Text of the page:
Election 2020

Myanmar Authorities Say Election Boycott Campaign May Face Legal Action

By Htun Htun 12 August 2020

YANGON—Myanmar’s Union Election Commission (UEC) has said that any attempt to call for a boycott of the country’s November election violates election law, according to commission member U Myint Naing.

Some Myanmar voters have recently called on their fellow citizens not to vote in the general election, which is scheduled for Nov. 8, complaining that the National League for Democracy (NLD) government has been unable to fulfill the expectations of voters who supported the party in the 2015 general election.

In recent weeks, the calls have gradually grown into a “No Vote” campaign, prompting a debate on social media over the legality of urging people not to cast votes in the election.

According to Article 2 (n) of the Election Law, the right to vote is defined as the right of a person to vote or to refrain from voting in the election. But according to the UEC, encouraging others not to vote in the election violates Articles 57, 58 (b) and (d), 60 and 61 (b) and (c) of the Election Law.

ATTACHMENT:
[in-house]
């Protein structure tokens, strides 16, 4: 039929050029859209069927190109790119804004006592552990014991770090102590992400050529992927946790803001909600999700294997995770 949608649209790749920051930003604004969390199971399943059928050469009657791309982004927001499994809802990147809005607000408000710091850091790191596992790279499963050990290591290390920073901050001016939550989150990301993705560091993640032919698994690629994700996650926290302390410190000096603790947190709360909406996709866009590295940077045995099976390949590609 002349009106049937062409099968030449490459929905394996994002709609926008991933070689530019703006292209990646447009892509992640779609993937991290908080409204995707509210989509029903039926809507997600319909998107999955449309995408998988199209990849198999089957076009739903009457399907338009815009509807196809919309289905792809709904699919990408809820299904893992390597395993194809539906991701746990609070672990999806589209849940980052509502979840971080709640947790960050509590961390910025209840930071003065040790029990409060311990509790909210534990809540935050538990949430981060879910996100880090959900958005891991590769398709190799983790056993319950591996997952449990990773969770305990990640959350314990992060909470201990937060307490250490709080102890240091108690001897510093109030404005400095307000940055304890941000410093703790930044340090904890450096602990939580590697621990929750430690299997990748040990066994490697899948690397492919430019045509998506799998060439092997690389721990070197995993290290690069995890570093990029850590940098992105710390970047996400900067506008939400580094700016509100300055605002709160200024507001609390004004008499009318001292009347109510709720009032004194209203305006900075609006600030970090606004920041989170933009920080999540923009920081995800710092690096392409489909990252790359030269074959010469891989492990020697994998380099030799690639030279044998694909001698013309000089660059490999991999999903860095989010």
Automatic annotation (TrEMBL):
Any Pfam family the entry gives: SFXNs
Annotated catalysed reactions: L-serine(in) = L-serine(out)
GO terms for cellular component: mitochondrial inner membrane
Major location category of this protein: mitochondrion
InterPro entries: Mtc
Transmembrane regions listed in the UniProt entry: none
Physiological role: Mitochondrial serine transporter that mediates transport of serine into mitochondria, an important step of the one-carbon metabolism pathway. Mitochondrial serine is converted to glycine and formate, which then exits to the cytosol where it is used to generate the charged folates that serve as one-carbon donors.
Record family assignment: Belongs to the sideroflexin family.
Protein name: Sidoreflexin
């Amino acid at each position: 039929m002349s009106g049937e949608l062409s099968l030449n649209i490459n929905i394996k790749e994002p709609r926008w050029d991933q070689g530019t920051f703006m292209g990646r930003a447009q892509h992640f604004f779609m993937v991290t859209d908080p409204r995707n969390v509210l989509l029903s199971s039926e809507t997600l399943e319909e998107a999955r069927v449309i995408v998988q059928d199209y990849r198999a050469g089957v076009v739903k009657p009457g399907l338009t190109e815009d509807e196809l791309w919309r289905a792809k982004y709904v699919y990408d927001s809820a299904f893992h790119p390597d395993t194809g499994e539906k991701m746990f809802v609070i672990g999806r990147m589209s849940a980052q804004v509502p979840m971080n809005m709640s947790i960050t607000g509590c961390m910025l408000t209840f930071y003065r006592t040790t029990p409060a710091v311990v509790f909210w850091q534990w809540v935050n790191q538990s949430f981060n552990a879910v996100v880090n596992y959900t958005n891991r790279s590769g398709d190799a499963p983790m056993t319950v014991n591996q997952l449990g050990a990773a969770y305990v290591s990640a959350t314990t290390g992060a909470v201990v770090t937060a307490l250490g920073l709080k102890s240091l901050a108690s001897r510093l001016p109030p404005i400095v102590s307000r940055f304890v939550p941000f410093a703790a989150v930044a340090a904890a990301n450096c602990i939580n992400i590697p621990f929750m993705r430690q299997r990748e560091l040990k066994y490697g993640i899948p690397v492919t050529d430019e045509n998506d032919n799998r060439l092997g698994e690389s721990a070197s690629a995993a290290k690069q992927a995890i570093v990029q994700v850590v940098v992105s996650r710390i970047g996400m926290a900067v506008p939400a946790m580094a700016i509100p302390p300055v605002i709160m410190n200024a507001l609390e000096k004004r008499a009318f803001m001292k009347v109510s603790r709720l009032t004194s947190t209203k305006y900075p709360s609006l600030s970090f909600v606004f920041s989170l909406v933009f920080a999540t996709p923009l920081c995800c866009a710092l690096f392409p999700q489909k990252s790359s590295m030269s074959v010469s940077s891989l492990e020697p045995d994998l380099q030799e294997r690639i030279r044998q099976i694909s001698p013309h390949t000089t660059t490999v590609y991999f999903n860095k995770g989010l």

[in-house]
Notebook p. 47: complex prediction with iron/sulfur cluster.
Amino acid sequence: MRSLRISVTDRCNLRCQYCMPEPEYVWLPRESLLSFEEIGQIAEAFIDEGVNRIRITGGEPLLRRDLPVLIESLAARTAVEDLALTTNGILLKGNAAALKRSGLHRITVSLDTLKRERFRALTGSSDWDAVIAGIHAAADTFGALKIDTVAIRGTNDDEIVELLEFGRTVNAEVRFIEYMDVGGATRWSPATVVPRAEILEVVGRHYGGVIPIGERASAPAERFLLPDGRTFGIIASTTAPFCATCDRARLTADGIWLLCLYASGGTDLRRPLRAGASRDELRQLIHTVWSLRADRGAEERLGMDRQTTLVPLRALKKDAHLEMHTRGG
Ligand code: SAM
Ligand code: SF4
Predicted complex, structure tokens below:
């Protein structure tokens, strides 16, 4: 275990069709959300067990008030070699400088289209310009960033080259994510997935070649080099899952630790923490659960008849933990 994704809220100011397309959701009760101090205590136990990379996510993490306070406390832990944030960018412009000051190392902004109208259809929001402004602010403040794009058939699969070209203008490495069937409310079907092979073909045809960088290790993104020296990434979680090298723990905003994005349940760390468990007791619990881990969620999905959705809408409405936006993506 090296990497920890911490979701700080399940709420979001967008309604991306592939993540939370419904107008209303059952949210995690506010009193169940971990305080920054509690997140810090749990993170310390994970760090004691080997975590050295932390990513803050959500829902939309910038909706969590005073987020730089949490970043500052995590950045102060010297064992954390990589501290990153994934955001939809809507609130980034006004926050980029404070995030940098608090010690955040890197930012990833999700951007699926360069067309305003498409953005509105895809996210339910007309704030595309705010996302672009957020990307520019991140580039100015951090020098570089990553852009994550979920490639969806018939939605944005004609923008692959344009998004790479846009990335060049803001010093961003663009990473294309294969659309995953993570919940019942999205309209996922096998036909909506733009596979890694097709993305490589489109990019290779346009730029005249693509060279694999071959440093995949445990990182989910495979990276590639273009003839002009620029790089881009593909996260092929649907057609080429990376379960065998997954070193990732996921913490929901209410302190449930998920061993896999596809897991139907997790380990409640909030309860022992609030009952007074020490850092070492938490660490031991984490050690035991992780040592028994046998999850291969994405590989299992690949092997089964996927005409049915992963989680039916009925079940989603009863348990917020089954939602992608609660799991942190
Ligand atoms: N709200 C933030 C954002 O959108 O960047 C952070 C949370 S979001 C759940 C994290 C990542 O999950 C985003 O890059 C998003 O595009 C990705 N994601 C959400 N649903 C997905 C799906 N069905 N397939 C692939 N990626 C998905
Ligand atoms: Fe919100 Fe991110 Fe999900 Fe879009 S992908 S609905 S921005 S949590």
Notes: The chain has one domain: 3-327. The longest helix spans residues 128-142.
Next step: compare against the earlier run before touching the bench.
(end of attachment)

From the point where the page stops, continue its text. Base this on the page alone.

“To vote or not to vote is the right of an individual, but encouraging others not to vote violates those articles,” said U Myint Naing.

Article 57 criminalizes the use of violence, threats, undue influence, cheating and taking or giving of bribes to prevent a person from exercising the right to vote or run in an election. Article 58 (b) criminalizes threatening a candidate or a voter to prevent them from freely exercising their voting rights.

Article 60 criminalizes disturbing any eligible voter so as to prevent them from casting a vote on election day. Article 61 (b) bars soliciting a voter to vote or exhorting and inducing them not to vote for a Parliament candidate. Article 61 (c) bars exhorting and inducing someone to vote or not vote in the election.

All the articles carry a possible sentence of one year in prison and a fine of 100,000 kyats (US$72.90).

U Myint Naing said that complaints regarding these electoral offences can be filed with the police.

Article 65 (b) of the Election Law says voters, candidates, election agents and members of election sub-commissions and polling stations can file complaints with credible evidence about electoral offenses before or during the election and within 15 days after election day.

When asked if election authorities will take action against the “No Vote” campaign, U Myint Naing said, “We will act in line with the law. There are legal provisions. That’s all I want to say.”

According to the UEC, some 37 million people are eligible to cast votes in the November election.

Translated from Burmese by Thet Ko Ko.

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